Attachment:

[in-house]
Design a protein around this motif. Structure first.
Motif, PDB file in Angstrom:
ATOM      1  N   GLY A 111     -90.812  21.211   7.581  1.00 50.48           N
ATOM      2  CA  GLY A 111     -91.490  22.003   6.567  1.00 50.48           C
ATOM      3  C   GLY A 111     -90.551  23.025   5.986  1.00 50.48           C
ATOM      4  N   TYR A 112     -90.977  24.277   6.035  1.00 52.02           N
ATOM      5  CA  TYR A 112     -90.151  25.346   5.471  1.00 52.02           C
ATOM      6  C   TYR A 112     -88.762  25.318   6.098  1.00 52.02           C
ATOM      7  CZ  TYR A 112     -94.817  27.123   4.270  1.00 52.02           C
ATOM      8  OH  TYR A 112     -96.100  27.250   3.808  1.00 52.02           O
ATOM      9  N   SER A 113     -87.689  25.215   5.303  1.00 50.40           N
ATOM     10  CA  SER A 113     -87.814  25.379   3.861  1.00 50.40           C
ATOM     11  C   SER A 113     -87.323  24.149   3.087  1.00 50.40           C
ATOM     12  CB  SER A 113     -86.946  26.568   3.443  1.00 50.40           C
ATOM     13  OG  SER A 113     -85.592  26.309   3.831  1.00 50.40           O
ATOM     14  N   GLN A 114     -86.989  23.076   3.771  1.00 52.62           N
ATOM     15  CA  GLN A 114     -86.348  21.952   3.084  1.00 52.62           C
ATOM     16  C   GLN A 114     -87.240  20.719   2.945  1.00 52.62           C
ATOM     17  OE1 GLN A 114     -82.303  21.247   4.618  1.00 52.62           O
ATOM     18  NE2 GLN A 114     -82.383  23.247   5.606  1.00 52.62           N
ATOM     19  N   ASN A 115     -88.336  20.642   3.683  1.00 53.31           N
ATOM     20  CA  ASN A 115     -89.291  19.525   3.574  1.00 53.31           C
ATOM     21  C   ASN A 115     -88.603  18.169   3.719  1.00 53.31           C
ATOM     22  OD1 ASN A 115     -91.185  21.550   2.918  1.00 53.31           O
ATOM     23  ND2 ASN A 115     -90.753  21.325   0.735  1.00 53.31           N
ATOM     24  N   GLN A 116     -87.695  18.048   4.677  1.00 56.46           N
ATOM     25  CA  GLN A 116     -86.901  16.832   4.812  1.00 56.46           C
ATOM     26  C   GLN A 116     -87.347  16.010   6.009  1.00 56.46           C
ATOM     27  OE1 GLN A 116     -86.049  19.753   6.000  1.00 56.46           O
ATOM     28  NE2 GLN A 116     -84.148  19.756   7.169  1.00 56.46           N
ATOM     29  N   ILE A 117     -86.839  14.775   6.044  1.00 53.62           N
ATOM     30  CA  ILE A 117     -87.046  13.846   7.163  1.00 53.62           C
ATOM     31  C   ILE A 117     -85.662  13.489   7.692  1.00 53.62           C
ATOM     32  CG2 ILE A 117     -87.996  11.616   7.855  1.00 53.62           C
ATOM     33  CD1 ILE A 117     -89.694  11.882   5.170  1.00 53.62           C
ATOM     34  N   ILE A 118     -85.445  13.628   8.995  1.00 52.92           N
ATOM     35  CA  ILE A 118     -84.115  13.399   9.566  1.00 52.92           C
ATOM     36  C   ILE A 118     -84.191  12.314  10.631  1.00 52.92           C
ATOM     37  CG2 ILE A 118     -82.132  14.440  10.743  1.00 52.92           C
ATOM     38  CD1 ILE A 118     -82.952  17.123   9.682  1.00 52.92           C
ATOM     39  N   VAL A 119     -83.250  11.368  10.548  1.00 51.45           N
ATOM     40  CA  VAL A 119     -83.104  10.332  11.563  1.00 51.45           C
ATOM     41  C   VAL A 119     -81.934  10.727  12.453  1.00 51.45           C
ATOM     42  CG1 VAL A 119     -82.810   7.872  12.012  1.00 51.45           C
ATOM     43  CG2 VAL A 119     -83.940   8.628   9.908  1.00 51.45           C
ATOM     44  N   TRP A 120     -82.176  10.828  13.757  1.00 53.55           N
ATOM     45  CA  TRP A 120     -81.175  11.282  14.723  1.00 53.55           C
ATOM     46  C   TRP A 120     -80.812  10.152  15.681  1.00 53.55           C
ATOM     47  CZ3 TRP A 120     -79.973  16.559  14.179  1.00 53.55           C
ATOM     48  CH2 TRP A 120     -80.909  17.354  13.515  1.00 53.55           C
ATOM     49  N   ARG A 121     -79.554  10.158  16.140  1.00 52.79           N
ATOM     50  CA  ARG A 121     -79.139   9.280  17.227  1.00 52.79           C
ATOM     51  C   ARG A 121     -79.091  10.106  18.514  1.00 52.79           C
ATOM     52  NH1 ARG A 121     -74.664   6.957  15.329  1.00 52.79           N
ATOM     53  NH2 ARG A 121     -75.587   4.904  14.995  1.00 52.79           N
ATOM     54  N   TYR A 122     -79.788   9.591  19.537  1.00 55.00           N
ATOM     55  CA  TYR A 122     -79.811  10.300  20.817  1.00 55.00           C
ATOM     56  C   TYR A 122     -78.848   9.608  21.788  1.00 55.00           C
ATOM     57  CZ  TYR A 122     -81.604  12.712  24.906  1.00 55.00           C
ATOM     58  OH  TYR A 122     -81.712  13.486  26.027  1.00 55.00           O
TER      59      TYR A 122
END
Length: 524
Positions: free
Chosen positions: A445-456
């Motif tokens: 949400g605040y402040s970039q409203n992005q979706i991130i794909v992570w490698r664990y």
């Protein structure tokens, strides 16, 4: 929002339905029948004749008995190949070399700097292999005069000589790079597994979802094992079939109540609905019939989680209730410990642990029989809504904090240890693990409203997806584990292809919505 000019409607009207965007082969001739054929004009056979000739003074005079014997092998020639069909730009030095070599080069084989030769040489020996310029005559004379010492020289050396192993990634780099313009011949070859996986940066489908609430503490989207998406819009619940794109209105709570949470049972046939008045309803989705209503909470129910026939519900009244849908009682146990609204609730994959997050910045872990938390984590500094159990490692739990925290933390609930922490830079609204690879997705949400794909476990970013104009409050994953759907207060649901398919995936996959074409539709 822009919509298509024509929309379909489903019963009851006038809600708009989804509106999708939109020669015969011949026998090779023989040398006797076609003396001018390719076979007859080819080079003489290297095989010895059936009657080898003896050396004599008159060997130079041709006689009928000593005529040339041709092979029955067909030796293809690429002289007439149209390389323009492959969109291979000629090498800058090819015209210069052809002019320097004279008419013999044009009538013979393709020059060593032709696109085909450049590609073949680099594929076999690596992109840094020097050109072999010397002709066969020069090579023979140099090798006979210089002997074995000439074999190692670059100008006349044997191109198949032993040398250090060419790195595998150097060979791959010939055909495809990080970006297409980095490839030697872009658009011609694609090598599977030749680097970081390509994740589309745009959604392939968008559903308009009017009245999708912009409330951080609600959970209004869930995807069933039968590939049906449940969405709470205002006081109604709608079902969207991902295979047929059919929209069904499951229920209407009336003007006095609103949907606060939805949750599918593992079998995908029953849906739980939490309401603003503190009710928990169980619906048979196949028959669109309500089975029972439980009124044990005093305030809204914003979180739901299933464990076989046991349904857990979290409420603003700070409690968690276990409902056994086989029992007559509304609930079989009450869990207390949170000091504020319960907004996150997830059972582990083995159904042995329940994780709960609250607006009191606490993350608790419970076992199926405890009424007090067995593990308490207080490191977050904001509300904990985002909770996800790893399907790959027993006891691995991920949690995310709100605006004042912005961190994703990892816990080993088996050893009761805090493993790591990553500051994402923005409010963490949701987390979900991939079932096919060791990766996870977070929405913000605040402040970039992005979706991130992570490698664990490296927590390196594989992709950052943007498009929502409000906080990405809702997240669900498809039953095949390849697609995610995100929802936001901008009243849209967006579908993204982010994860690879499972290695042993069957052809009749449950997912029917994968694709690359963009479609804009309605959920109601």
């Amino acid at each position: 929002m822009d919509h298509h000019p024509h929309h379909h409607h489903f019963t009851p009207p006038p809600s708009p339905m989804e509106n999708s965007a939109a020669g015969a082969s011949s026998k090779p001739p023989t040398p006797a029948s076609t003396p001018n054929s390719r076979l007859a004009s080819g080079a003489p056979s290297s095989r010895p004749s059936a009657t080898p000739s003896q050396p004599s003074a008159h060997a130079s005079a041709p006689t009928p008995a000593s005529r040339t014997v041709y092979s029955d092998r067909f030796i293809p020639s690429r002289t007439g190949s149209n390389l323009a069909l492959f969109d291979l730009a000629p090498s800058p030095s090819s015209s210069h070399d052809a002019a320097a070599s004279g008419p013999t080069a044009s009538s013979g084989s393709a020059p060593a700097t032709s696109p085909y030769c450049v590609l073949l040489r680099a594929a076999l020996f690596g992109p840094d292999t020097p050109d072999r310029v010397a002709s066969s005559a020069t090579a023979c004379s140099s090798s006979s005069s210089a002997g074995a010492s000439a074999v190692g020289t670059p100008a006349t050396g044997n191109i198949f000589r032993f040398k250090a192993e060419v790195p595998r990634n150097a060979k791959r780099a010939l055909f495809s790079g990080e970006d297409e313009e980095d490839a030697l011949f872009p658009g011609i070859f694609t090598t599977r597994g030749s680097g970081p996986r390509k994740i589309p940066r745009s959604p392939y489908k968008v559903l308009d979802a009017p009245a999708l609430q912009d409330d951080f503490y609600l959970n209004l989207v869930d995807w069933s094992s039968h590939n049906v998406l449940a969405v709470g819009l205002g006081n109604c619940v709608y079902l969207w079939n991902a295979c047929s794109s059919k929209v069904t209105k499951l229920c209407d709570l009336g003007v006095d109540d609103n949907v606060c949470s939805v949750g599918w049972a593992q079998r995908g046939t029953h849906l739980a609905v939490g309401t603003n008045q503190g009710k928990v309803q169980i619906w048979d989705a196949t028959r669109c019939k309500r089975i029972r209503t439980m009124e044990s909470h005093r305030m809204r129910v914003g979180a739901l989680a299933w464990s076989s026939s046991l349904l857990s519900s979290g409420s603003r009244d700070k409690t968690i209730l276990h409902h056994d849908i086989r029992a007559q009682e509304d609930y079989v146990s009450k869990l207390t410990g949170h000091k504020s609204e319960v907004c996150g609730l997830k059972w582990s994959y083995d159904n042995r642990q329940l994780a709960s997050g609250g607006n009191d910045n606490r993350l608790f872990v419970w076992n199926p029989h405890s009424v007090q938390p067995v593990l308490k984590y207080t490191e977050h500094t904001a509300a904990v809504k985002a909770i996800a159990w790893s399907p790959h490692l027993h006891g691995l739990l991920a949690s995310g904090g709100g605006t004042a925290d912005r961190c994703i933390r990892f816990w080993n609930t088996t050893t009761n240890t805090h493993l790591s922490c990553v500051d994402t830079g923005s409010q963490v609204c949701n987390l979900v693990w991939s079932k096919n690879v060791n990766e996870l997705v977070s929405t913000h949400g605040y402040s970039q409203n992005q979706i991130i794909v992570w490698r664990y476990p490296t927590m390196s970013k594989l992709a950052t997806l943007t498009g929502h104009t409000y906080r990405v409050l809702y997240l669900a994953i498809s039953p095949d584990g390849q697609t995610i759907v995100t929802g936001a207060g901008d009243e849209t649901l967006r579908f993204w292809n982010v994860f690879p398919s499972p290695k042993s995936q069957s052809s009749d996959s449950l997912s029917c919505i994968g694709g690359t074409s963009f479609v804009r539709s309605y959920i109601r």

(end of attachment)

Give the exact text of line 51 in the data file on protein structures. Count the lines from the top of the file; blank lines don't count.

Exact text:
ATOM     48  CH2 TRP A 120     -80.909  17.354  13.515  1.00 53.55           C